Warren

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CLINTON, ONT

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wuga wrote:

We embraced rock and roll much to the chagrin or our parents, our kids danced to 80s music, ugh and now our grandkids, maybe some of you, reading this have found a whole new venue. My son, 26, writes this latest music, I don't understand it but my parents didn't understand CHUM. Things constantly evolve. Next, young people today live in an overly expensive world at a minimum wage. There is no room for anything but the basics. It isn't only cars; antiques, stamps, coins and other rarities are dropping in value. There are too few buyers today that can afford to drive the price up. But then, we all knew getting into this hobby, it wasn't for the profit. We're all getting too old to waste our time complaining, let's just enjoy these last few minutes we have and let the next generations find their own enjoyment.

Warren


        I work in a repair shop with a friend (who ones the shop) He was born in 1975 .  He loves my stories of muscle car days .He's only know trucks :)          He loves big horsepower trucks and has a 600 HP shortbox diesel and a 450 HP quad steer Duramax 06 Suburban .

        I see lots of trucks coming in for Tunes and bigger exhaust, wheels and tires  (great) 

        I have had, just about every muscle car example, from a 66 L72 Coupe to a real 69Z28 .   I love the new muscle because Im spoiled :)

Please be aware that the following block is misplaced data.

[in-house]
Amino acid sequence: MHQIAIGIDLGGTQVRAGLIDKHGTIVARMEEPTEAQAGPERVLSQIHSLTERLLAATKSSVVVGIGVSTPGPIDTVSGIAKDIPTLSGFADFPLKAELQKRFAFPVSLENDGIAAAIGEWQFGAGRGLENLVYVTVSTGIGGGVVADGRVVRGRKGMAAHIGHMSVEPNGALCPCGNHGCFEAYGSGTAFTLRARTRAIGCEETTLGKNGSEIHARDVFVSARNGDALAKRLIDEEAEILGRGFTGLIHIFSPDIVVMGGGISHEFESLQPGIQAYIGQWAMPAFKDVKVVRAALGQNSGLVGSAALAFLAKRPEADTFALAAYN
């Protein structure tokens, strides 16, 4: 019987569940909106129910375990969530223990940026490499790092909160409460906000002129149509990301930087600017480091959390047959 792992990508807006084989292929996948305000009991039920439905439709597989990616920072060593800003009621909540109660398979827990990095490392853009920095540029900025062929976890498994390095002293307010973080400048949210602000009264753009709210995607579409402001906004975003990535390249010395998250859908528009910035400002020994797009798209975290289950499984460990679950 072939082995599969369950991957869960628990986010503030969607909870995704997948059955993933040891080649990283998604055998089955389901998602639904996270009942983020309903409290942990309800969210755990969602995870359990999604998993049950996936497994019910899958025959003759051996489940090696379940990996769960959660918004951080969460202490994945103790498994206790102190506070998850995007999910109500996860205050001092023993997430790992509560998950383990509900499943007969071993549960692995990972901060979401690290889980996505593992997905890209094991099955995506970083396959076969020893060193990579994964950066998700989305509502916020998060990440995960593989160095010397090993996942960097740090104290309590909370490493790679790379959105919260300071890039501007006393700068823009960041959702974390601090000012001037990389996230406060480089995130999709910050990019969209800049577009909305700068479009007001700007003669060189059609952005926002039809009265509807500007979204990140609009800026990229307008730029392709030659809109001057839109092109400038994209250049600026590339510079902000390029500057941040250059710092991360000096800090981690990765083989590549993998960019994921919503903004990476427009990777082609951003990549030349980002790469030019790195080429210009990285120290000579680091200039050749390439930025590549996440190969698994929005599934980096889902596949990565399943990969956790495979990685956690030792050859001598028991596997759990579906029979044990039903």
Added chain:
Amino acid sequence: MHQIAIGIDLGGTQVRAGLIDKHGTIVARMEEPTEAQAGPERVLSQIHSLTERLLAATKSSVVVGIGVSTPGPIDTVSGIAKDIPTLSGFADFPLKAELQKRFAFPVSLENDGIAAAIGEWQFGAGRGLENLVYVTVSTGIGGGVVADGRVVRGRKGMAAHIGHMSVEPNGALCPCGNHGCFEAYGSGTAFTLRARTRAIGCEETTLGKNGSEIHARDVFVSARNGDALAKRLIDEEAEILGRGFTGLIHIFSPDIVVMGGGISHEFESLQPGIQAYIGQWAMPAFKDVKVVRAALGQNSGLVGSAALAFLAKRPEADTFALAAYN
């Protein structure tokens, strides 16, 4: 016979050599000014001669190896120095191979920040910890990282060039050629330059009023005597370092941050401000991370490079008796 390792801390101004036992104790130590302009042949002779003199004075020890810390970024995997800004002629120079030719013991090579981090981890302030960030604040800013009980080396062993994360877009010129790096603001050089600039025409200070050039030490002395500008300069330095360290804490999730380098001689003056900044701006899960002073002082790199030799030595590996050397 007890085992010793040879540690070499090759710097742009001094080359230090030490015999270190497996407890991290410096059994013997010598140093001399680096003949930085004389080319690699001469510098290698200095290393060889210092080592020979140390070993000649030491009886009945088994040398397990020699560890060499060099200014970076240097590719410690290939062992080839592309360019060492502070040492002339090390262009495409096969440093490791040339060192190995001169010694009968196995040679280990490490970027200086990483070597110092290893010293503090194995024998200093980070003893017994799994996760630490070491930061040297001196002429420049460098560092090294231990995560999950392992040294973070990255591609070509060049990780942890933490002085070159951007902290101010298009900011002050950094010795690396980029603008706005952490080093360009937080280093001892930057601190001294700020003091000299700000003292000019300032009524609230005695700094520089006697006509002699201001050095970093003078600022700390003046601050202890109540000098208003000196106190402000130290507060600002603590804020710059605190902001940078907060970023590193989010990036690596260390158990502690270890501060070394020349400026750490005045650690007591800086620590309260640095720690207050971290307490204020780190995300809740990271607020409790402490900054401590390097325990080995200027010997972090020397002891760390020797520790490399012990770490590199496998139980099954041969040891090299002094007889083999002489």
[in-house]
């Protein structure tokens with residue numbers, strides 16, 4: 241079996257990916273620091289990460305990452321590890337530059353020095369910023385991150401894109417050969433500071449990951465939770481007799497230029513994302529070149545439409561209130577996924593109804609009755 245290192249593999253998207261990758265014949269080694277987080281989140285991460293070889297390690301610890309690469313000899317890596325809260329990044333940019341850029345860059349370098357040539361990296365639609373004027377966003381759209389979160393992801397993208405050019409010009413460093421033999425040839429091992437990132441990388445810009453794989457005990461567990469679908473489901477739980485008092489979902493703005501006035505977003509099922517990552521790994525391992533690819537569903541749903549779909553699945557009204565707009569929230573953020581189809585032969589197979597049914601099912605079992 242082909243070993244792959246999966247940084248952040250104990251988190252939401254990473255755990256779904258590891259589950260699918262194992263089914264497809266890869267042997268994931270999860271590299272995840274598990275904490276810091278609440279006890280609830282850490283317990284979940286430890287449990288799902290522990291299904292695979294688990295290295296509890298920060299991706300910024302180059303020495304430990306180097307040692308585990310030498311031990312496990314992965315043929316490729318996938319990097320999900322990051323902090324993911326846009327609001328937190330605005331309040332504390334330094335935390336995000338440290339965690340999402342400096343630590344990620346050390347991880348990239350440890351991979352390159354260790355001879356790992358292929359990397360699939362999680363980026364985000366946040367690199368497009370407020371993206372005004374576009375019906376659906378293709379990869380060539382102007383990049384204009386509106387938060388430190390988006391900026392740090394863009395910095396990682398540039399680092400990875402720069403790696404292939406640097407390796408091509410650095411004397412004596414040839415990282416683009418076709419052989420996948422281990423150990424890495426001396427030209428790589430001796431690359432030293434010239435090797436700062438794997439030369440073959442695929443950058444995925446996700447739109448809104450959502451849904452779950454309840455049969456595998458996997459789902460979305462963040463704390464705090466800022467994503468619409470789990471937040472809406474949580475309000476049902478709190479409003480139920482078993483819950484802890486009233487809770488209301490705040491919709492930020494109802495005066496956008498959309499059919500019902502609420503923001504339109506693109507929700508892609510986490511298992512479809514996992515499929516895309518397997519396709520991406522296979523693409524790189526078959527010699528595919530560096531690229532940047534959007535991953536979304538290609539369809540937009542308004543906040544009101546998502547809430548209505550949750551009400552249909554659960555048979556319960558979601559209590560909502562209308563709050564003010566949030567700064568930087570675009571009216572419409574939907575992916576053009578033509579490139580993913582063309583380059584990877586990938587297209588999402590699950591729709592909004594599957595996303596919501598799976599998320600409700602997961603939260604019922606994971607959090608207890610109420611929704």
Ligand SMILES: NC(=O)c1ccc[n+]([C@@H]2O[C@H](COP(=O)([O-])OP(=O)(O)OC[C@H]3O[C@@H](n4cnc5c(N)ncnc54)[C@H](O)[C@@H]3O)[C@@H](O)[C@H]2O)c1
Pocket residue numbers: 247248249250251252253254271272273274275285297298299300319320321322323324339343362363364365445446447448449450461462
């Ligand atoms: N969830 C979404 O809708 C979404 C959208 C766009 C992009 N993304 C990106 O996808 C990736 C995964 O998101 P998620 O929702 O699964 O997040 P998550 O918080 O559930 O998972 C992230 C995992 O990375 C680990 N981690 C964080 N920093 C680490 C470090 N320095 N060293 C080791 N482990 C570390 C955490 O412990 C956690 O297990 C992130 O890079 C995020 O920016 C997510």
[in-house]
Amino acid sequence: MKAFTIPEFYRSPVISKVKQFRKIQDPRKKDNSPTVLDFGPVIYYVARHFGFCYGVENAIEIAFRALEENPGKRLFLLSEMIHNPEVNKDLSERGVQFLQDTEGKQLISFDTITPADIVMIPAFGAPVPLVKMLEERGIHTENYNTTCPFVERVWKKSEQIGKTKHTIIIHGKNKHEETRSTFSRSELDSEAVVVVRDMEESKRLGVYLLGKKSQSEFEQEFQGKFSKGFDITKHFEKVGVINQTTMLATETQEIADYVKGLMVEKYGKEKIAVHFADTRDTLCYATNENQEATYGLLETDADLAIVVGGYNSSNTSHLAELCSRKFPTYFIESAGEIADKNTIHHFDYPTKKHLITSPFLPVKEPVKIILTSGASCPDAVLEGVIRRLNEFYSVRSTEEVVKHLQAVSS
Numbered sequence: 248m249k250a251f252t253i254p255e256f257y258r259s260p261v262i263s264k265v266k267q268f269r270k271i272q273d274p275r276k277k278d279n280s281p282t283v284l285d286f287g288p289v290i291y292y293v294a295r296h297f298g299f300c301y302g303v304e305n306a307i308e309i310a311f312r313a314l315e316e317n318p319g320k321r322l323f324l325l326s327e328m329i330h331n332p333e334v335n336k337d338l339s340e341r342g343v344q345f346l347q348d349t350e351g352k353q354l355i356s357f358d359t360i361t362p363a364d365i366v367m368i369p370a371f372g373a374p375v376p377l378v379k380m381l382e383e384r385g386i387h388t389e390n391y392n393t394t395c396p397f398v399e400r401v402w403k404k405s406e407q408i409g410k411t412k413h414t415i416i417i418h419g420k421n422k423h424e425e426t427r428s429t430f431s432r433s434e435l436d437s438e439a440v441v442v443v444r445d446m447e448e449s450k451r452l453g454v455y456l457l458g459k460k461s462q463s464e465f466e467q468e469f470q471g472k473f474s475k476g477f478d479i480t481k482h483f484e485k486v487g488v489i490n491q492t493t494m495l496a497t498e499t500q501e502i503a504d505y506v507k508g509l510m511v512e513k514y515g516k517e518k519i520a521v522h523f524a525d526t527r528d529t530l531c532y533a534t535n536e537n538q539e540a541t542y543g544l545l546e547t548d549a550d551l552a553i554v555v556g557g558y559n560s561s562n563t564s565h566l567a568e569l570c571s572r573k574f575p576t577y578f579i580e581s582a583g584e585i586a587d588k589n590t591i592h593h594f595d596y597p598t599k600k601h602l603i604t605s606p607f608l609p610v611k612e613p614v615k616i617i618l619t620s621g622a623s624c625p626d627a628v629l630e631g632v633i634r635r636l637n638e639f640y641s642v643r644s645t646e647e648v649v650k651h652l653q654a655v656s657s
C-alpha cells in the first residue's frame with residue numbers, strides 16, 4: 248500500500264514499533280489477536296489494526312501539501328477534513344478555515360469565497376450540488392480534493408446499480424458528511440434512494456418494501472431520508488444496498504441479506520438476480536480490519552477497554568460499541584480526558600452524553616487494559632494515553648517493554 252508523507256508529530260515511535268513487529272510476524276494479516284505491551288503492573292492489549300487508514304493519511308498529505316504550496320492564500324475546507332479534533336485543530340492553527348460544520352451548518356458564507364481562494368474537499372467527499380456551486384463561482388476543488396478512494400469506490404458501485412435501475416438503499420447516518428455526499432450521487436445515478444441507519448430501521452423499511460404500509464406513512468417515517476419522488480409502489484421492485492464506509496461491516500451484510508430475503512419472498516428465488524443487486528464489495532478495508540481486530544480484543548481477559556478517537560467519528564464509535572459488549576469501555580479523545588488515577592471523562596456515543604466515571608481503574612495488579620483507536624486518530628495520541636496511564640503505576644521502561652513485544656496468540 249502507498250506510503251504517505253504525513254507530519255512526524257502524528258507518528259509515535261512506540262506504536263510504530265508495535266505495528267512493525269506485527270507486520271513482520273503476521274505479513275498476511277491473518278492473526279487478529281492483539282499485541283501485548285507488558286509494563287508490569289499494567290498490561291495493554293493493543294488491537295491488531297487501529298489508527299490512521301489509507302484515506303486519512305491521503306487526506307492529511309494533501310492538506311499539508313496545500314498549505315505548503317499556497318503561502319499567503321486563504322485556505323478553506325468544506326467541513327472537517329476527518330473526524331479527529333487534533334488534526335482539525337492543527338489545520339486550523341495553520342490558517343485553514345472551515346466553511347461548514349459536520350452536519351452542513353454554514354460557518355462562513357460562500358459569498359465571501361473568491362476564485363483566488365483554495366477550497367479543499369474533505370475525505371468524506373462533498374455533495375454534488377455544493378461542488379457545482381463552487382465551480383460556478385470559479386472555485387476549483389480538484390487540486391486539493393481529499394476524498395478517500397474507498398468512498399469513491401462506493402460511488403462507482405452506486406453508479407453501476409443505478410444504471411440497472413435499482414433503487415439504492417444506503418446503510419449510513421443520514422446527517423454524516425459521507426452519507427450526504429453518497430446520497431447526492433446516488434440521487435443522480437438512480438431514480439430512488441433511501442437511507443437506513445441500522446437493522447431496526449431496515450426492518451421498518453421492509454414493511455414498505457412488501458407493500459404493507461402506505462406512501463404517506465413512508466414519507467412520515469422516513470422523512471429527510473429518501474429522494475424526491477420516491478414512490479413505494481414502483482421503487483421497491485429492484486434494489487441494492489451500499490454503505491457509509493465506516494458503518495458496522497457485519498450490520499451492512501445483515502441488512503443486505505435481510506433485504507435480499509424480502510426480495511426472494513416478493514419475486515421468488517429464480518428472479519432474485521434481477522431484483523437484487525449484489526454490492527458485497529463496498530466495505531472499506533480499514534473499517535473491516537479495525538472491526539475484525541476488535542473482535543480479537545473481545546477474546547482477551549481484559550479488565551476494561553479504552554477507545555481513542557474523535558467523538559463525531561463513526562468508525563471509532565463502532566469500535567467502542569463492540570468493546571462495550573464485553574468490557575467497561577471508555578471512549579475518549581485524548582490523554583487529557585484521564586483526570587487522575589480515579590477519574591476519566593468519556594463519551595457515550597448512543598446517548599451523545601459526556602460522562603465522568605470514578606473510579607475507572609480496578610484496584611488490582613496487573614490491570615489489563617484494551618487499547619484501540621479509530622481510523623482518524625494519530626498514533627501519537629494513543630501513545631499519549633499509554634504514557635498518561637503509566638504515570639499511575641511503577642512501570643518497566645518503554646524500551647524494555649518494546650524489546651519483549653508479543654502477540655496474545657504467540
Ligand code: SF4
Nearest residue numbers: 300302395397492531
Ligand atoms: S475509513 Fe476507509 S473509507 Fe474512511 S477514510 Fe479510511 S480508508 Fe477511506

I see most old car shows in "our" area, full of cars that haven't been over 100 km per hour in 20-30 years 

        A lot of old sagging suspension and stinky fuel smells 

        My grandson has been looking over my shoulder for 22 years, and is a mechanic (Goderich Hyndai) and has a lowered 6.0L shorbox 

        I feel sad to see the old car hobby turning into expensive garage queens . but I am excited to see the young men enjoying trucks.. 



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FOXBORO, ONT

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wuga wrote:

We embraced rock and roll much to the chagrin or our parents, our kids danced to 80s music, ugh and now our grandkids, maybe some of you, reading this have found a whole new venue. My son, 26, writes this latest music, I don't understand it but my parents didn't understand CHUM. Things constantly evolve. Next, young people today live in an overly expensive world at a minimum wage. There is no room for anything but the basics. It isn't only cars; antiques, stamps, coins and other rarities are dropping in value. There are too few buyers today that can afford to drive the price up. But then, we all knew getting into this hobby, it wasn't for the profit. We're all getting too old to waste our time complaining, let's just enjoy these last few minutes we have and let the next generations find their own enjoyment.

Warren


 there you go warren, the music, good one. chum radio toronto with scruff connors, r.i.p, and ??? radio montreal with ralf the bird man lockwood come to mind from my old truck driving days. there was another guy in vancouver who had a following and a couple of more stations that skipped in late at night from chicago and the big apple. the beatles were no doubt the biggest cultural influence on our generation with the long hair, the bell bottom pants and the higher heels on the shoes. i can remember dad getting real loud about the hair and the heels with mom telling him to relax as he had obviously forgot about the zoot suits and ??? else his dad cracked off about. funny what you remember isn't it. music is a common thread that can bind generations, that is until they got to the rap crap stuff, for me anyway.